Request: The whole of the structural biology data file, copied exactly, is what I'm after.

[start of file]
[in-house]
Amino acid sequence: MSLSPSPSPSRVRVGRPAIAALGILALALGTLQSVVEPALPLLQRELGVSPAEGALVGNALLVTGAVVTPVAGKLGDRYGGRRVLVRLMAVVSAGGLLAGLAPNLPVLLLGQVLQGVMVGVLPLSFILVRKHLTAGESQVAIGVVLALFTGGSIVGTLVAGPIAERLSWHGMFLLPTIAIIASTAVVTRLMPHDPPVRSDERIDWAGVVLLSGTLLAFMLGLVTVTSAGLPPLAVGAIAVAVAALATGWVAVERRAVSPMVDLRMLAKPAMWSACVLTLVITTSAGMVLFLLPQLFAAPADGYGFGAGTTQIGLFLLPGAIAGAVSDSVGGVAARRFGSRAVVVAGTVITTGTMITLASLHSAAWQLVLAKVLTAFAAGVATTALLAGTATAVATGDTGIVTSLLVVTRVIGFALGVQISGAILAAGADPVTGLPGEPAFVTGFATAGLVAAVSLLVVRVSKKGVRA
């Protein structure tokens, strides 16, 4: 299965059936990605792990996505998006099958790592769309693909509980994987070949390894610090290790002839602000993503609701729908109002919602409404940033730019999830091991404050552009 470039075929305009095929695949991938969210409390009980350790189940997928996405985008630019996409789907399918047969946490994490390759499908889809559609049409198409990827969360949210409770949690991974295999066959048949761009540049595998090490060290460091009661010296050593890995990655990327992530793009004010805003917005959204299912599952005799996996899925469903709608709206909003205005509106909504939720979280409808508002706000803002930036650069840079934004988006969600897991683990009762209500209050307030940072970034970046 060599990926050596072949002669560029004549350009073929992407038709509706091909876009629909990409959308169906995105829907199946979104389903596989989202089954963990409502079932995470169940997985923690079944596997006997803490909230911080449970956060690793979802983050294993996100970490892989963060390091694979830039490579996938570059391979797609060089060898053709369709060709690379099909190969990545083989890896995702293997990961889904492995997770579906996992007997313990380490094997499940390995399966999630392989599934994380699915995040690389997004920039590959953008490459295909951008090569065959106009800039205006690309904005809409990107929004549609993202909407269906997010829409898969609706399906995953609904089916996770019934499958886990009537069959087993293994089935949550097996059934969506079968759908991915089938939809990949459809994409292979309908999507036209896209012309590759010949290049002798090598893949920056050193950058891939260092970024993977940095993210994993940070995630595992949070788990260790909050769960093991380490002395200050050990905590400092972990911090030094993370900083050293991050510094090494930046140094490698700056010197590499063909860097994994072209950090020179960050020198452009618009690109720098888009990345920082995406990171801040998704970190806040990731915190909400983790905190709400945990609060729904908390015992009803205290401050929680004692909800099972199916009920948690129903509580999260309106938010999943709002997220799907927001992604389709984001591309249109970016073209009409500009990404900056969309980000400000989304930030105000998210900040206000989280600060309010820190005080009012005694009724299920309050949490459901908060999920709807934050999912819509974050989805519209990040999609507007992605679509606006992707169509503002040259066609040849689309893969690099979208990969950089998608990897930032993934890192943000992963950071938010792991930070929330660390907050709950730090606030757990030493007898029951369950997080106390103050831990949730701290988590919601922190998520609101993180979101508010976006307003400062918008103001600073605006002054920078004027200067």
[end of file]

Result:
[in-house]
Amino acid sequence: MSLSPSPSPSRVRVGRPAIAALGILALALGTLQSVVEPALPLLQRELGVSPAEGALVGNALLVTGAVVTPVAGKLGDRYGGRRVLVRLMAVVSAGGLLAGLAPNLPVLLLGQVLQGVMVGVLPLSFILVRKHLTAGESQVAIGVVLALFTGGSIVGTLVAGPIAERLSWHGMFLLPTIAIIASTAVVTRLMPHDPPVRSDERIDWAGVVLLSGTLLAFMLGLVTVTSAGLPPLAVGAIAVAVAALATGWVAVERRAVSPMVDLRMLAKPAMWSACVLTLVITTSAGMVLFLLPQLFAAPADGYGFGAGTTQIGLFLLPGAIAGAVSDSVGGVAARRFGSRAVVVAGTVITTGTMITLASLHSAAWQLVLAKVLTAFAAGVATTALLAGTATAVATGDTGIVTSLLVVTRVIGFALGVQISGAILAAGADPVTGLPGEPAFVTGFATAGLVAAVSLLVVRVSKKGVRA
């Protein structure tokens, strides 16, 4: 299965059936990605792990996505998006099958790592769309693909509980994987070949390894610090290790002839602000993503609701729908109002919602409404940033730019999830091991404050552009 470039075929305009095929695949991938969210409390009980350790189940997928996405985008630019996409789907399918047969946490994490390759499908889809559609049409198409990827969360949210409770949690991974295999066959048949761009540049595998090490060290460091009661010296050593890995990655990327992530793009004010805003917005959204299912599952005799996996899925469903709608709206909003205005509106909504939720979280409808508002706000803002930036650069840079934004988006969600897991683990009762209500209050307030940072970034970046 060599990926050596072949002669560029004549350009073929992407038709509706091909876009629909990409959308169906995105829907199946979104389903596989989202089954963990409502079932995470169940997985923690079944596997006997803490909230911080449970956060690793979802983050294993996100970490892989963060390091694979830039490579996938570059391979797609060089060898053709369709060709690379099909190969990545083989890896995702293997990961889904492995997770579906996992007997313990380490094997499940390995399966999630392989599934994380699915995040690389997004920039590959953008490459295909951008090569065959106009800039205006690309904005809409990107929004549609993202909407269906997010829409898969609706399906995953609904089916996770019934499958886990009537069959087993293994089935949550097996059934969506079968759908991915089938939809990949459809994409292979309908999507036209896209012309590759010949290049002798090598893949920056050193950058891939260092970024993977940095993210994993940070995630595992949070788990260790909050769960093991380490002395200050050990905590400092972990911090030094993370900083050293991050510094090494930046140094490698700056010197590499063909860097994994072209950090020179960050020198452009618009690109720098888009990345920082995406990171801040998704970190806040990731915190909400983790905190709400945990609060729904908390015992009803205290401050929680004692909800099972199916009920948690129903509580999260309106938010999943709002997220799907927001992604389709984001591309249109970016073209009409500009990404900056969309980000400000989304930030105000998210900040206000989280600060309010820190005080009012005694009724299920309050949490459901908060999920709807934050999912819509974050989805519209990040999609507007992605679509606006992707169509503002040259066609040849689309893969690099979208990969950089998608990897930032993934890192943000992963950071938010792991930070929330660390907050709950730090606030757990030493007898029951369950997080106390103050831990949730701290988590919601922190998520609101993180979101508010976006307003400062918008103001600073605006002054920078004027200067």